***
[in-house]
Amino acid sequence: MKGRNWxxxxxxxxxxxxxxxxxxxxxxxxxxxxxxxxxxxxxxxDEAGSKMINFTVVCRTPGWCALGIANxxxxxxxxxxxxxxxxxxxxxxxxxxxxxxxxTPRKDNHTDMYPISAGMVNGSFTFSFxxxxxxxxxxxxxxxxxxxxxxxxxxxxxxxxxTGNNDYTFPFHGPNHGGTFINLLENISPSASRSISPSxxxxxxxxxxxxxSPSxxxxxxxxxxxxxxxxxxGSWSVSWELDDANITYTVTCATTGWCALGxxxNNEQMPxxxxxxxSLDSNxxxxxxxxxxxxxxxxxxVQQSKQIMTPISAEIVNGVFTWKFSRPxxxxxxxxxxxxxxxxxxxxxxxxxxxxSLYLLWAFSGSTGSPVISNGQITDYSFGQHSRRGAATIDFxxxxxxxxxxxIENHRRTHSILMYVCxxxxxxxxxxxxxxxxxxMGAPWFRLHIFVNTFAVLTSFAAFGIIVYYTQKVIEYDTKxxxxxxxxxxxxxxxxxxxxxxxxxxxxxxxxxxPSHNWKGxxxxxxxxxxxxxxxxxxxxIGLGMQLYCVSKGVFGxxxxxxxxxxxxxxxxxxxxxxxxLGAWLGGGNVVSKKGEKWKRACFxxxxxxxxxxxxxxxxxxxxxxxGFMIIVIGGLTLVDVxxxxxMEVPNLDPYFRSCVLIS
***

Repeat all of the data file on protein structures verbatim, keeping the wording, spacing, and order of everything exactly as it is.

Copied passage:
[in-house]
Amino acid sequence: MKGRNWxxxxxxxxxxxxxxxxxxxxxxxxxxxxxxxxxxxxxxxDEAGSKMINFTVVCRTPGWCALGIANxxxxxxxxxxxxxxxxxxxxxxxxxxxxxxxxTPRKDNHTDMYPISAGMVNGSFTFSFxxxxxxxxxxxxxxxxxxxxxxxxxxxxxxxxxTGNNDYTFPFHGPNHGGTFINLLENISPSASRSISPSxxxxxxxxxxxxxSPSxxxxxxxxxxxxxxxxxxGSWSVSWELDDANITYTVTCATTGWCALGxxxNNEQMPxxxxxxxSLDSNxxxxxxxxxxxxxxxxxxVQQSKQIMTPISAEIVNGVFTWKFSRPxxxxxxxxxxxxxxxxxxxxxxxxxxxxSLYLLWAFSGSTGSPVISNGQITDYSFGQHSRRGAATIDFxxxxxxxxxxxIENHRRTHSILMYVCxxxxxxxxxxxxxxxxxxMGAPWFRLHIFVNTFAVLTSFAAFGIIVYYTQKVIEYDTKxxxxxxxxxxxxxxxxxxxxxxxxxxxxxxxxxxPSHNWKGxxxxxxxxxxxxxxxxxxxxIGLGMQLYCVSKGVFGxxxxxxxxxxxxxxxxxxxxxxxxLGAWLGGGNVVSKKGEKWKRACFxxxxxxxxxxxxxxxxxxxxxxxGFMIIVIGGLTLVDVxxxxxMEVPNLDPYFRSCVLIS